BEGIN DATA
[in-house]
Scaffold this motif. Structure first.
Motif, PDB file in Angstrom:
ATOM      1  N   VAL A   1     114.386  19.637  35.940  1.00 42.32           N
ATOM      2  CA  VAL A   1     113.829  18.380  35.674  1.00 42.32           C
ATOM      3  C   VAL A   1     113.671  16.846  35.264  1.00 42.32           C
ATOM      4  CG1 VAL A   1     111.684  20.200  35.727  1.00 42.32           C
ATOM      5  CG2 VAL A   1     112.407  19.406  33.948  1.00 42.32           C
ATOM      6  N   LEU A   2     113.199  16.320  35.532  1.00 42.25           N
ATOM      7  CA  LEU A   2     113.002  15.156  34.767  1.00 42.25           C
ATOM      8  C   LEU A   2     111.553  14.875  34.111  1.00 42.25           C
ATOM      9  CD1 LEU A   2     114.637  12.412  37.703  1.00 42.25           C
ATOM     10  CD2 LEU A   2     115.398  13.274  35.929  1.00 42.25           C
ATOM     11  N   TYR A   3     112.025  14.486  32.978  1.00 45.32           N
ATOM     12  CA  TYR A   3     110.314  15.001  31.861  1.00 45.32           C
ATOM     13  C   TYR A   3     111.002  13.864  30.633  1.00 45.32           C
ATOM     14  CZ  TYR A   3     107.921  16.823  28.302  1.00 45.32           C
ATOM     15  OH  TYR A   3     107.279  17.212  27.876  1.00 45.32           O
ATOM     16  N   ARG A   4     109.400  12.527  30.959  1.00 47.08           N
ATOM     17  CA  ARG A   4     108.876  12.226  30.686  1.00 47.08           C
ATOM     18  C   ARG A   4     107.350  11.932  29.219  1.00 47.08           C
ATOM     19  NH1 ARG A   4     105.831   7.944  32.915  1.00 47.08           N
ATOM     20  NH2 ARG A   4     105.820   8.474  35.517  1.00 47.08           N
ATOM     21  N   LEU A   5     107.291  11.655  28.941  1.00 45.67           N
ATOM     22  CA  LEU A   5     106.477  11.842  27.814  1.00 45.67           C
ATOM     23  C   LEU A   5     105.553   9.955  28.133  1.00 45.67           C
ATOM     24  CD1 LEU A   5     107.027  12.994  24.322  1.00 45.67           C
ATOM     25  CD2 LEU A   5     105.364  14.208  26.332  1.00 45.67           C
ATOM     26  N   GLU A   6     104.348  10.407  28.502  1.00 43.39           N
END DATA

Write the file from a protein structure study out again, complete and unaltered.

[in-house]
Scaffold this motif. Structure first.
Motif, PDB file in Angstrom:
ATOM      1  N   VAL A   1     114.386  19.637  35.940  1.00 42.32           N
ATOM      2  CA  VAL A   1     113.829  18.380  35.674  1.00 42.32           C
ATOM      3  C   VAL A   1     113.671  16.846  35.264  1.00 42.32           C
ATOM      4  CG1 VAL A   1     111.684  20.200  35.727  1.00 42.32           C
ATOM      5  CG2 VAL A   1     112.407  19.406  33.948  1.00 42.32           C
ATOM      6  N   LEU A   2     113.199  16.320  35.532  1.00 42.25           N
ATOM      7  CA  LEU A   2     113.002  15.156  34.767  1.00 42.25           C
ATOM      8  C   LEU A   2     111.553  14.875  34.111  1.00 42.25           C
ATOM      9  CD1 LEU A   2     114.637  12.412  37.703  1.00 42.25           C
ATOM     10  CD2 LEU A   2     115.398  13.274  35.929  1.00 42.25           C
ATOM     11  N   TYR A   3     112.025  14.486  32.978  1.00 45.32           N
ATOM     12  CA  TYR A   3     110.314  15.001  31.861  1.00 45.32           C
ATOM     13  C   TYR A   3     111.002  13.864  30.633  1.00 45.32           C
ATOM     14  CZ  TYR A   3     107.921  16.823  28.302  1.00 45.32           C
ATOM     15  OH  TYR A   3     107.279  17.212  27.876  1.00 45.32           O
ATOM     16  N   ARG A   4     109.400  12.527  30.959  1.00 47.08           N
ATOM     17  CA  ARG A   4     108.876  12.226  30.686  1.00 47.08           C
ATOM     18  C   ARG A   4     107.350  11.932  29.219  1.00 47.08           C
ATOM     19  NH1 ARG A   4     105.831   7.944  32.915  1.00 47.08           N
ATOM     20  NH2 ARG A   4     105.820   8.474  35.517  1.00 47.08           N
ATOM     21  N   LEU A   5     107.291  11.655  28.941  1.00 45.67           N
ATOM     22  CA  LEU A   5     106.477  11.842  27.814  1.00 45.67           C
ATOM     23  C   LEU A   5     105.553   9.955  28.133  1.00 45.67           C
ATOM     24  CD1 LEU A   5     107.027  12.994  24.322  1.00 45.67           C
ATOM     25  CD2 LEU A   5     105.364  14.208  26.332  1.00 45.67           C
ATOM     26  N   GLU A   6     104.348  10.407  28.502  1.00 43.39           N